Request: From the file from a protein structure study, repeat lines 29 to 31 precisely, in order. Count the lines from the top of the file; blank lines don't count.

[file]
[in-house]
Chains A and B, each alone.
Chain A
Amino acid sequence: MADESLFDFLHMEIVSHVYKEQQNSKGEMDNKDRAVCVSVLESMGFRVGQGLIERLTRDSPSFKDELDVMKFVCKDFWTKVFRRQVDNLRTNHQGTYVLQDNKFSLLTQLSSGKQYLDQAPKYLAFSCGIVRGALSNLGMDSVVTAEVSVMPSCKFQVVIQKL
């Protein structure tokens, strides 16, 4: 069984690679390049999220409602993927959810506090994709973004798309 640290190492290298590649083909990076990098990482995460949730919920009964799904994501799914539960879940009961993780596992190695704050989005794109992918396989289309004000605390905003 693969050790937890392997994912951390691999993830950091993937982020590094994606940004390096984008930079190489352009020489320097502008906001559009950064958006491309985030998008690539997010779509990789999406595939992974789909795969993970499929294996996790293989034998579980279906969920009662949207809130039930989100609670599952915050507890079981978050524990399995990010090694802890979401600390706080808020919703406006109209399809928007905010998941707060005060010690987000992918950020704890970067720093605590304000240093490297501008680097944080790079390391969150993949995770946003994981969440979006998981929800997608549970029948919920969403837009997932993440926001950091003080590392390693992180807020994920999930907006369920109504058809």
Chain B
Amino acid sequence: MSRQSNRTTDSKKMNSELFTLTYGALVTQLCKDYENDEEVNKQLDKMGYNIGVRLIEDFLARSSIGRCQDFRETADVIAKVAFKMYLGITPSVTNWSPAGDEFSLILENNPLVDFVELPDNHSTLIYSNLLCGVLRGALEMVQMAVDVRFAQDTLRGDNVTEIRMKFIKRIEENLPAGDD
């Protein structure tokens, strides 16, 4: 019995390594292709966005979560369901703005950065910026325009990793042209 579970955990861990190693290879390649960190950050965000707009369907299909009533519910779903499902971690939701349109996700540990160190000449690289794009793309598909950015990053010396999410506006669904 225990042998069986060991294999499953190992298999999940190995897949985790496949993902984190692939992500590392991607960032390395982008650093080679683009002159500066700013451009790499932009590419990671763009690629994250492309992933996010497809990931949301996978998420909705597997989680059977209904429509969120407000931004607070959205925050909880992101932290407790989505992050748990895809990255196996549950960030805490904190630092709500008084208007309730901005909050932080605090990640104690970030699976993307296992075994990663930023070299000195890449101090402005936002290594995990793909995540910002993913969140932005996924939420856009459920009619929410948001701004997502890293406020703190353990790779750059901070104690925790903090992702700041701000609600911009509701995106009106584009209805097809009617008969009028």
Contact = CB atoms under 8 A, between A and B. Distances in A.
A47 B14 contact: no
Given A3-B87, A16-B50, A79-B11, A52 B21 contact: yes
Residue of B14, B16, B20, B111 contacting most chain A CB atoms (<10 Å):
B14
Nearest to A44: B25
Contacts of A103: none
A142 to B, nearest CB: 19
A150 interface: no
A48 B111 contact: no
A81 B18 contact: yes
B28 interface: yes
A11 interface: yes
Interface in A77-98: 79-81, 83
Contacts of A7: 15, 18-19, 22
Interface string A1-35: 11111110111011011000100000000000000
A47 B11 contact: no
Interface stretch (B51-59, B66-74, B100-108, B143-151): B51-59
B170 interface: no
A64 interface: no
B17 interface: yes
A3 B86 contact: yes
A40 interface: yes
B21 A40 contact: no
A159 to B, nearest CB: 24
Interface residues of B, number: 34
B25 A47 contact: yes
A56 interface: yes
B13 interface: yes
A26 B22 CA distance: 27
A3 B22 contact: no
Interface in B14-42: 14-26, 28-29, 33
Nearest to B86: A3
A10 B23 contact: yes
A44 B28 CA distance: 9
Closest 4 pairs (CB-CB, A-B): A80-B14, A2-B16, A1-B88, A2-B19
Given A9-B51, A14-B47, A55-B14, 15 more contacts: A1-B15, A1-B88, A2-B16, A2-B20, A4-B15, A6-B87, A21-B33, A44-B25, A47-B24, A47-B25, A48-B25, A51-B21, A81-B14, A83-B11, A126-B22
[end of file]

B17 interface: yes
A3 B86 contact: yes
A40 interface: yes